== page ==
I am a long term employee (read 5+ years) at a smaller software startup company and have been with them from the start. Currently, the company has between 40 and 50 employees.

I am aware that a high turn over rate is an indicator of a problem with the (management of the) company; I have also been with this company since the start so I am afraid I might be the proverbial boiling frog. In its early days, the company has enjoyed a very low turn over rate (possibly due to its small size,) but in the last couple years there has almost been as many employees that have left, a lot of which are the new hires, but some of them are key members that have established much of the ecosystem of tools that we currently use.

To give numbers, there have probably been 10-15 hires in the past two years with almost as many people leaving. Is this considered normal for a company this size, or is this a red flag I should be concerned about?

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    Turnover rate is dependent on so many factors, it absolutely cannot be used as an indicator of "problems" - at least not in a vacuum. I've been at companies with 90%+ 6 month turnover rates that were great places to work, and other companies that were terrible yet hadn't lost a single person in two years. If you're concerned about issues, look for the actual root issues, don't just look at possible symptoms and then decide there must be an issue.
    – dwizum
    Mar 6, 2019 at 14:07
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    @dwizum you should post this as an answer. I 100% agree with you.
    – Dustybin80
    Mar 6, 2019 at 14:18
  • @dwizum I'm not simply interested in whether my company is a great place to work for new hires as well as myself, although this is important to obviously have good retention. I have a vested interest in the company succeeding (read I have stock,) and people with a lot of domain knowledge leaving takes away from the productivity of the company, slowing us in comparison to competitors. Also with every new hire there is a massive onboarding cost due to the cost of learning our technology. This is what concerns me more. Mar 6, 2019 at 14:42
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    @tripletriple have you tried contacting former colleagues and directly asked why they left? Would definitely lead to a concrete answer. Mar 6, 2019 at 15:01
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    tripletriple - I still contend that turnover itself is not a good indicator of a company's health, and I think you're making a pessimistic conclusion. An optimistic conclusion in your situation might be, "we are going to suddenly have fresh eyes on old problems, we should experience a period of creativity and growth now that we've had some turnover."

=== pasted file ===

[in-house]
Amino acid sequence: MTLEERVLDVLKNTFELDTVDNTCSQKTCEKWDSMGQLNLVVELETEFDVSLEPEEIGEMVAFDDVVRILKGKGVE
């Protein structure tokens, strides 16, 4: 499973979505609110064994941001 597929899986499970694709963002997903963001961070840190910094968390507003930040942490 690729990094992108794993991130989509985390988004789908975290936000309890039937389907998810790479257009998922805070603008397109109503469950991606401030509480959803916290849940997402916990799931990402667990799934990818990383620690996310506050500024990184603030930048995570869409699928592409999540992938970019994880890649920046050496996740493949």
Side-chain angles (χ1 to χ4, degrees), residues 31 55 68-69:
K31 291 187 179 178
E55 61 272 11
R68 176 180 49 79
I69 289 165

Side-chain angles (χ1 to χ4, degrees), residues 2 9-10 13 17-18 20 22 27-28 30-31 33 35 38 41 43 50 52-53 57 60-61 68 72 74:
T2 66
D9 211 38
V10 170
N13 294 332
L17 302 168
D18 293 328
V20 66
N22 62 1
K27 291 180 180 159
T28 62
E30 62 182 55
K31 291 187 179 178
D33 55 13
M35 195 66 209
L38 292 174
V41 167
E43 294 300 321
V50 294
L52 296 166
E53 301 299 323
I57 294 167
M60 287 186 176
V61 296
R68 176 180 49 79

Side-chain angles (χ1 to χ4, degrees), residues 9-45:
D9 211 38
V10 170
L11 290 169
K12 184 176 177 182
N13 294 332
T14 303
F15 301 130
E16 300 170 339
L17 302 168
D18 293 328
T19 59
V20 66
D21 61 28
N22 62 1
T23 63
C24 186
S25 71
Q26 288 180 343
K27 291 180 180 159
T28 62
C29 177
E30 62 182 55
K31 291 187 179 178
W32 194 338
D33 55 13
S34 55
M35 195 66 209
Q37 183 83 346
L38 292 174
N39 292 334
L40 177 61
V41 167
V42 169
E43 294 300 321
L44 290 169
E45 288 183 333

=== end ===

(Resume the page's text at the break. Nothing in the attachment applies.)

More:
– dwizum
    Mar 7, 2019 at 18:46

2 Answers 2


Average lifetime of an employee in a company in the IT sector is about 18 months to 2 years.

It's a mobile jobs industry, and the best way to increase your pay, particularly in the first 10 years, is to change jobs. I've almost tripled my pay over the last 6 years by doing just that.

Not only that, changing companies also leads to exposure to new technologies, which is a great way to build career security. Job security is dead.

So you need to look at the people who have left and see if they were in the company for more than a year before leaving for greener pastures. Also check if the departures were clustered, as that could indicate a toxic work environment.

However, the only way to go down out why your former colleagues left the company is to actually ask them, otherwise you are just playing the guessing game.

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    Do you know if there is finer granularity data out there on types of employees in the IT sector? I'm curious as gaming development companies are notorious for "burn and churn" philosophy whereas I've known whole IT departments in non-IT companies that are 10 year+ employees. It's a pretty diverse group to lump together.
    – Myles
    Mar 7, 2019 at 15:10

Peopleware, a great book on software team management make the case that high turn-over is absolutely terrible and it's, broadly speaking, a function of corporate culture. It basically comes down to building a culture of "modularity" where management operates on the assumption that developers are interchangeable. The idea you could lose a dev who knows all your systems and has a deep working understanding of the business and somehow there'd be no loss.

This is folly. In short, organizations have key people. When you replace them you lose value because what is valuable is the knowledge and with the people, you lose the knowledge and expertise when they leave. Some industries, can take as much as TWO YEARS to onboard a developer fully.

People will say that high turn over is "normal" the authors of Peopleware would likely argue it's symptomatic of an issue of poorly trained managers who see developer salaries as an expense, rather than an investment.

You definitely want to keep turnover low, because then you can also, get teams to gel. When teams gel, they tend to be extraordinarily productive.

One of the examples they give for a perfectly gelled team, is the Black Team QA from IBM.

So the answer to op's question:

What turn over rate is acceptable...

The lowest you can get while also rewarding and investing in your team.

EDIT: Grammar and spelling

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